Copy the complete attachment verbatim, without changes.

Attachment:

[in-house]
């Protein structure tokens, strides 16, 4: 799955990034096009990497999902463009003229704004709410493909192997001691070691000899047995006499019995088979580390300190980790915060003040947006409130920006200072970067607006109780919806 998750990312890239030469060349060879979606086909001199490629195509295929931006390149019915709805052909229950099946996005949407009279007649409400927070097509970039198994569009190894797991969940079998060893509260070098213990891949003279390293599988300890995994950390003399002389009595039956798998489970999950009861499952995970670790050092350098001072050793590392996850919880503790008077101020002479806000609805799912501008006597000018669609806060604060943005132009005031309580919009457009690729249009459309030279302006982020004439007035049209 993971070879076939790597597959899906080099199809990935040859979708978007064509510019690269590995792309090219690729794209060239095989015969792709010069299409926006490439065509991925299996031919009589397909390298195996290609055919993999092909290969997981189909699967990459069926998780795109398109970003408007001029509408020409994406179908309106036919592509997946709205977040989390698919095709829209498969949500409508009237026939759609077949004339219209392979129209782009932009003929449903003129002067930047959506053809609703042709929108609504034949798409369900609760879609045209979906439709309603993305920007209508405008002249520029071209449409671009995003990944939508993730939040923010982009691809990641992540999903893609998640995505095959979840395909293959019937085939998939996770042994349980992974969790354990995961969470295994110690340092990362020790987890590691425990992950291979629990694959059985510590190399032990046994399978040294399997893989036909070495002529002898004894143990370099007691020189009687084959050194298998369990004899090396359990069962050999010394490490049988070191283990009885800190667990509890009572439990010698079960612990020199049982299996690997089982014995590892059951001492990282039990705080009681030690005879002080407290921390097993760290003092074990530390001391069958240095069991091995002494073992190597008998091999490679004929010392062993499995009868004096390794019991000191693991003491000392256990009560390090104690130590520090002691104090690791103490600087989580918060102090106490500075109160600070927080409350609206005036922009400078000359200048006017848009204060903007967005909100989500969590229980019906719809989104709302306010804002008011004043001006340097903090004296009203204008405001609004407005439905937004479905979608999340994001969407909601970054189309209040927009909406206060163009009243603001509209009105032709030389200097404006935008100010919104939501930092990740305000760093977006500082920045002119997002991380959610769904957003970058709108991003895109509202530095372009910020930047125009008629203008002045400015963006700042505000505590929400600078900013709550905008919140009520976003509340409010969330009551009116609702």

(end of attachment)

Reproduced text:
[in-house]
């Protein structure tokens, strides 16, 4: 799955990034096009990497999902463009003229704004709410493909192997001691070691000899047995006499019995088979580390300190980790915060003040947006409130920006200072970067607006109780919806 998750990312890239030469060349060879979606086909001199490629195509295929931006390149019915709805052909229950099946996005949407009279007649409400927070097509970039198994569009190894797991969940079998060893509260070098213990891949003279390293599988300890995994950390003399002389009595039956798998489970999950009861499952995970670790050092350098001072050793590392996850919880503790008077101020002479806000609805799912501008006597000018669609806060604060943005132009005031309580919009457009690729249009459309030279302006982020004439007035049209 993971070879076939790597597959899906080099199809990935040859979708978007064509510019690269590995792309090219690729794209060239095989015969792709010069299409926006490439065509991925299996031919009589397909390298195996290609055919993999092909290969997981189909699967990459069926998780795109398109970003408007001029509408020409994406179908309106036919592509997946709205977040989390698919095709829209498969949500409508009237026939759609077949004339219209392979129209782009932009003929449903003129002067930047959506053809609703042709929108609504034949798409369900609760879609045209979906439709309603993305920007209508405008002249520029071209449409671009995003990944939508993730939040923010982009691809990641992540999903893609998640995505095959979840395909293959019937085939998939996770042994349980992974969790354990995961969470295994110690340092990362020790987890590691425990992950291979629990694959059985510590190399032990046994399978040294399997893989036909070495002529002898004894143990370099007691020189009687084959050194298998369990004899090396359990069962050999010394490490049988070191283990009885800190667990509890009572439990010698079960612990020199049982299996690997089982014995590892059951001492990282039990705080009681030690005879002080407290921390097993760290003092074990530390001391069958240095069991091995002494073992190597008998091999490679004929010392062993499995009868004096390794019991000191693991003491000392256990009560390090104690130590520090002691104090690791103490600087989580918060102090106490500075109160600070927080409350609206005036922009400078000359200048006017848009204060903007967005909100989500969590229980019906719809989104709302306010804002008011004043001006340097903090004296009203204008405001609004407005439905937004479905979608999340994001969407909601970054189309209040927009909406206060163009009243603001509209009105032709030389200097404006935008100010919104939501930092990740305000760093977006500082920045002119997002991380959610769904957003970058709108991003895109509202530095372009910020930047125009008629203008002045400015963006700042505000505590929400600078900013709550905008919140009520976003509340409010969330009551009116609702």